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Acute and Critical Care > Volume 34(2); 2019 > Article
Jung, Cho, Choi, Kim, and Cho: Pneumothorax Caused by Delayed Tracheal Rupture in a Pediatric Patient with Acute Respiratory Distress Syndrome
Tracheal rupture is a potentially lethal complication of endotracheal intubation [1-3] and usually occurs shortly after intubation [4]. Such rupture presents as a linear tear and is caused by movement of an over-inflated cuff or stylet [5]. Herein, we describe a case of pneumothorax caused by tracheal rupture after 30 days of intubation. A previously healthy 8-year-old boy was admitted to the pediatric intensive care unit for severe acute respiratory distress syndrome. The patient was treated with mechanical ventilation and extracorporeal membrane oxygenation. Cuff pressure was managed between 20 to 30 cmH2O, and the endotracheal tube was not changed before extubation. On hospital day 30, extubation was perfomred, and spontaneous breathing was noted. On the same day, massive pneumothorax was developed and was not controlled by chest tubes. Computed tomography showed a new lesion on the trachea (Figure 1), and bronchoscopy showed an oval ischemic lesion surrounded by a C-shaped tear (Figure 2). Since the position and size of the ischemic lesion were similar to those of the cuff, we suspected that prolonged cuff pressure created ischemia, and active breathing tore the weak margin. Managing cuff pressure in children requires high caution, and suspicion of tracheal rupture should be considered as a cause of pneumothorax.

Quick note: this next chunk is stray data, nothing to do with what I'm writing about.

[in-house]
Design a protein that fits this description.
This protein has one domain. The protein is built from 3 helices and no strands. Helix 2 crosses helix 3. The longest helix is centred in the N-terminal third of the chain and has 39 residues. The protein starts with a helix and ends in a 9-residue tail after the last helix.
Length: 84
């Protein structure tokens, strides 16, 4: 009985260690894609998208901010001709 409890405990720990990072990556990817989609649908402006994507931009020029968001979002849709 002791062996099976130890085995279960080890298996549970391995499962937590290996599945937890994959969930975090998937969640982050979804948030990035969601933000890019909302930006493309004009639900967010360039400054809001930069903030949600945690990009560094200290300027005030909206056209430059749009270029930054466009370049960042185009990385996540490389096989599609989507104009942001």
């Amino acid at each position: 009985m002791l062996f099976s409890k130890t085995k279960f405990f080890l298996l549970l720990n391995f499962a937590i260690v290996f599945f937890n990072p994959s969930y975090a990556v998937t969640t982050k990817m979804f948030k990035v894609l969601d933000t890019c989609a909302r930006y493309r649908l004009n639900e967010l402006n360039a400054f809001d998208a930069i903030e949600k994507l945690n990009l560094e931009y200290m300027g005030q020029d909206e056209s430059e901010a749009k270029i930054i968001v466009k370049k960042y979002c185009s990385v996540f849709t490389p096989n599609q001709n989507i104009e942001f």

CONFLICT OF INTEREST No potential conflict of interest relevant to this article was reported.


Conceptualization: MJ, JHC, AYC, MK, JC. Data curation: MJ, JHC. Writing original draft: MJ, AYC. Writing-review & editing: MK, JHC, JC.

Figure 1.
Chest computed tomography with post-contrast views. (A) A black arrow marks a 4-mm tracheal tear at the level of T3-4. Air collection is also presented on sagittal view. (B) Tracheal rupture appears above the carina on the right side.
Figure 2.
Bronchoscopic findings. A C-shaped tracheal rupture (white arrowheads) around the oval ischemic lesion at the posterior membrane of the lower third of the trachea.


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